Two fires: Good news — all rescued uninjured

In the Northeast, from 2010-2014, there were 109 vessel casualties.  Of those, 16 (15%) were categorized as fires or explosions and none was fatal.

It is worth drawing attention from time to time to events that may result in a vessel casualty on the one hand, but end with the good news that all crew are rescued and uninjured, on the other hand.

In August, two fishing vessels reported significant fires — one 65 miles off Chatham, MA, and the second about 49 miles off Port Isabel, TX.

The notice of these incidents was provided by Samuel Hill in his column, Coast Guard Rescue Roundup: August 2018, which appeared in the September issue of National Fisherman.

Both vessels were large boats.

The Rose Marie was a 77’ stern trawler with a crew of four, fishing in the Northeast Atlantic.  The Master D was a 68’ shrimper fishing with a crew of three in the Gulf of Mexico. 

Being large offshore vessels, they were both carrying a sizeable amount of diesel fuel and oil — a situation that could have become very dangerous very quickly.

But in both of these cases, the crews deployed their liferafts and were safely rescued from them without loss of life.

In the case of Rose Marie off Chatham, a Good Samaritan vessel radioed the Coast Guard and the crew was subsequently picked by the fishing vessel Seven Seas and transferred to Gabby G, also a fishing vessel.

 In the case of the Master D, an EPIRB signal received by the Coast Guard led to the lifeboat rescue.

Even as a casualty is often the culmination of a series of mishaps that line up (see the so-called “Swiss cheese model” of accident causation), rescue and recovery from such a casualty depends largely on the alignment of positive helpful actions, many of which involve decisions — good decisions — made by numerous people.

The purpose of this article is to draw attention to the fact that the crews of both vessels were well-prepared. 

Both vessels apparently had properly mounted and maintained liferafts with an appropriate capacity for the number of crew on board, as well as a crew that knew how to deploy the rafts and when to abandon ship, rather than try to fight the fire.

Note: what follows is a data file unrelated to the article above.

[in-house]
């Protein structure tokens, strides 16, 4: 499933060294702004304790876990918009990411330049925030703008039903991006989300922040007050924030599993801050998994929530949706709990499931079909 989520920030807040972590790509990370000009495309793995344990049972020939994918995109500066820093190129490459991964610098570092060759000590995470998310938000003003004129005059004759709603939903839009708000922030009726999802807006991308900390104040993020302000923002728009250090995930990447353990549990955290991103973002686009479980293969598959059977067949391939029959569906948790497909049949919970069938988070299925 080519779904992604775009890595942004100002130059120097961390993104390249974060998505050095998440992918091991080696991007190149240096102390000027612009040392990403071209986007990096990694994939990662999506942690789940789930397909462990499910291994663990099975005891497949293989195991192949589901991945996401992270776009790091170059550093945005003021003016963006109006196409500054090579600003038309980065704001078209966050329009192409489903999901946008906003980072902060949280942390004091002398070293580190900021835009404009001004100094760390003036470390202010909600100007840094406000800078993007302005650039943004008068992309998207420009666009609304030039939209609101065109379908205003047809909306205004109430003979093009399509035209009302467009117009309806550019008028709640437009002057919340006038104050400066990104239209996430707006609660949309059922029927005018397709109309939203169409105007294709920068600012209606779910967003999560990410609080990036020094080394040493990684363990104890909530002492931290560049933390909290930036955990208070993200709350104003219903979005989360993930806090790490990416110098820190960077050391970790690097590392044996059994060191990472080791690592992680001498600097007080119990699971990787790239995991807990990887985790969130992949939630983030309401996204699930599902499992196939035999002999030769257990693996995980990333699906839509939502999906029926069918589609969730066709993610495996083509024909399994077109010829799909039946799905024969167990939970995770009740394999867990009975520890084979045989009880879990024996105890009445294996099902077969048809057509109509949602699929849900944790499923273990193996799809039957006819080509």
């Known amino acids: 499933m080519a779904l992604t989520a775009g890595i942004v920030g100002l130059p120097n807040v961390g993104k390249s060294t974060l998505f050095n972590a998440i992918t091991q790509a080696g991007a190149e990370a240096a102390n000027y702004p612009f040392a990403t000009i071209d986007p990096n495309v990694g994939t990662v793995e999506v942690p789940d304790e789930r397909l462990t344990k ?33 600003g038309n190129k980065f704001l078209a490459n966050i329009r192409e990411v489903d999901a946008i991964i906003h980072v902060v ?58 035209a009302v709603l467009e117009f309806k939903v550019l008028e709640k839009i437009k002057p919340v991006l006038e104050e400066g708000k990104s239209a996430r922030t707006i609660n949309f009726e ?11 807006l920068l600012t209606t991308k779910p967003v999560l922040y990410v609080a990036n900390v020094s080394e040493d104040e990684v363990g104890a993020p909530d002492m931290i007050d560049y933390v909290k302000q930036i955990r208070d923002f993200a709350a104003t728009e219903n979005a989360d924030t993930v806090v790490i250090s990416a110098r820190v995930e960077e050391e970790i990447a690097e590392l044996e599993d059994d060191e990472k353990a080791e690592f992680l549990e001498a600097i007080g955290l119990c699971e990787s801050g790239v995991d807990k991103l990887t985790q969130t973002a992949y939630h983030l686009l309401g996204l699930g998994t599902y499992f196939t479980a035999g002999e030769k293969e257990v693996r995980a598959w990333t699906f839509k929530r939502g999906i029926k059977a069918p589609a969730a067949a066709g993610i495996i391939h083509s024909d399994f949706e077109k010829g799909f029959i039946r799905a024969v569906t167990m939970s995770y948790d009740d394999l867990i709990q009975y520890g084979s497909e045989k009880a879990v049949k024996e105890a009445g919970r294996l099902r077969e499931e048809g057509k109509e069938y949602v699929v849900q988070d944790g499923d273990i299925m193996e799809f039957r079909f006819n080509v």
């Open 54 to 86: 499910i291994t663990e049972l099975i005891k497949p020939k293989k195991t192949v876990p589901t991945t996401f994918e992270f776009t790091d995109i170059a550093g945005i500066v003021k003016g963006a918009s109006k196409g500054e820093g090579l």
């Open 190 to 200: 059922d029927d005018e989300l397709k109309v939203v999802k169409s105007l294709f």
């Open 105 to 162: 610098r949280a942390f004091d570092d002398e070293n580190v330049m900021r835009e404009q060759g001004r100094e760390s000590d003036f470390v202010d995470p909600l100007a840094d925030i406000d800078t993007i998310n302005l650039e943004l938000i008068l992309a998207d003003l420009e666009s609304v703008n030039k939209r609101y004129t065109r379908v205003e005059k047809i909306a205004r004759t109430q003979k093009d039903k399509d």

The situation was additionally well-managed because:

  Another fishing boat happened to be close enough to the Rose Marie to radio the Coast Guard in the absence of workable communications onboard the stricken vessel; and 2)

  The EPIRB on the Master D was charged and properly registered to the vessel.  

Result: The safe rescue of seven people by Samaritans and the Coast Guard.

Fires: How common?

In the Northeast, from 2010-2014, there were 109 vessel casualties.  Of those, 16 (15%) were categorized as fires or explosions and none was fatal.  

In The Gulf of Mexico during the same time period there were 71 vessel casualties.  Of those, again 16 (22%) were fires or explosions and one was fatal.

According to these figures — provided in the DHHS/NIOSH Commercial Fishing Fatality Summaries by Region — if we could prevent vessel fires and explosions, we could potentially reduce vessel casualties by between 15% and 22%. 

Clearly, many fishing vessel crews know how to respond to fires and explosions — we can see this by how few of these incidents result in fatalities.

However, the next step is to reduce the hazard of fire itself.

Let’s look at electronics.  

Today’s vessels — especially those fishing offshore — are outfitted with numerous electronic devices:  depth sounders, GPS plotters, AIS transponders, radios, computers, battery packs, speakers, and more. 

Open up any marine supply catalog to the electronics pages and you’ll quickly see the variety of electronic equipment available to today’s commercial fisherman. 

This equipment can overheat, be short circuited in contact with water, or heat to melting if left to charge unattended.

Devices that are not UL listed present a considerable risk.  Even simple stuff such as phone chargers can present a fire hazard if left unattended for long periods.

Perhaps we will know in the future how or if the problem with the communications equipment aboard the Rose Marie may have contributed to that fire, but the idea does present itself that in today’s electronic environment, we do need to add electronics to our check-list of potential fire hazards.

Resources and further reading:



Ann Backus, MS, is the director of outreach for the Harvard School of Public Health’s Department of Environmental Health in Boston, MA.  She may be reached by phone at (617) 432-3327 or by e-mail at <abackus@hsph.harvard.edu>.



  Mount and maintain all required safety equipment properly.

  Engage the crew in safety and fire drills.

  Develop a fire prevention checklist for your vessel and include the safety recommendations provided by the manufacturers of your electronic equipment.